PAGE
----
This bridge, built by Taddeo Gaddi, was the first to use segmental arches and it is still the same one you see today. The new design reduced the number of arches, and widened the space between them to allow the rising water (and any debris associated with the flooding) to pass under it more easily. Over the centuries the bridge has been repaired and reinforced many times, but it has remained standing – even after the terrible flood of 1966.
The history of the bridge is rather interesting. Since the 14th century it was seen as a continuation of the main road that runs through the heart of Florence’s center, from the Duomo past the Piazza della Signoria (where the Palazzo Vecchio is), and across the river to the Pitti Palace, thereby linking the two banks of the city.
Initially the bridge was a marketplace, primarily for butchers and vegetable grocers who would use the river to dispose of their waste. However, in 1565, when Cosimo de’Medici decided to commission Giorgio Vasari to build a secret elevated passageway that was to connect the Palazzo Vecchio (the seat of the government) and the Pitti Palace (the Medici residence), the need to cross over the Ponte Vecchio made the presence of the unsightly market with its acrid odors unacceptable to the nobles.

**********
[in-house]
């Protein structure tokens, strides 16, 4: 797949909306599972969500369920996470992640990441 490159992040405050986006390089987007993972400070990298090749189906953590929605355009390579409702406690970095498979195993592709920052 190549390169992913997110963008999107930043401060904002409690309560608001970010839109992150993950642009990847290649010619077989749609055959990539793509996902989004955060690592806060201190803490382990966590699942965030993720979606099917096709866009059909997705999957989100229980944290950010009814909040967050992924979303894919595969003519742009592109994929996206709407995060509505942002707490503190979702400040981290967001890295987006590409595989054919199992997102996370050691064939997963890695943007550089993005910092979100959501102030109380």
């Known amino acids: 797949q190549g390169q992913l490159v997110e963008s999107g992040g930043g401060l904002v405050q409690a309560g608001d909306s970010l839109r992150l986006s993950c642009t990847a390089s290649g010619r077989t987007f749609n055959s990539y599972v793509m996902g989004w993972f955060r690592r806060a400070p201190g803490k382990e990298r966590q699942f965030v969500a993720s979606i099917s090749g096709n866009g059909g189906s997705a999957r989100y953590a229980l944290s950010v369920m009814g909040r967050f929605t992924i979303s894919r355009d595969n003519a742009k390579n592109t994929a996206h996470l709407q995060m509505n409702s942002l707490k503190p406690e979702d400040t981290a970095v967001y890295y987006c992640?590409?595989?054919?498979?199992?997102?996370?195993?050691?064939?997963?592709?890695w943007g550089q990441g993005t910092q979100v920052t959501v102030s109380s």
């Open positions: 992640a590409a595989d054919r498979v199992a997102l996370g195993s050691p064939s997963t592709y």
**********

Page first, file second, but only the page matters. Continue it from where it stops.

Subsequently, these merchants were forced to relocate and the bridge was taken over by goldsmiths and jewelers whose shops were much more pleasing to the eye (and nose).
The monumental importance of the Ponte Vecchio was even recognized by Mussolini, who had larger windows built along the passageway above the bridge so that he could show Hitler the impressive views from this vantage point. It is said that thanks to this visit in 1938 by the German dictator, the Ponte Vecchio was spared during the Nazi's retreat from the occupied city in 1944, when they blew up all of
Florence’s bridges and reduced the entire area around the Ponte Vecchio, including a part of the Vasari Corridor to rubble.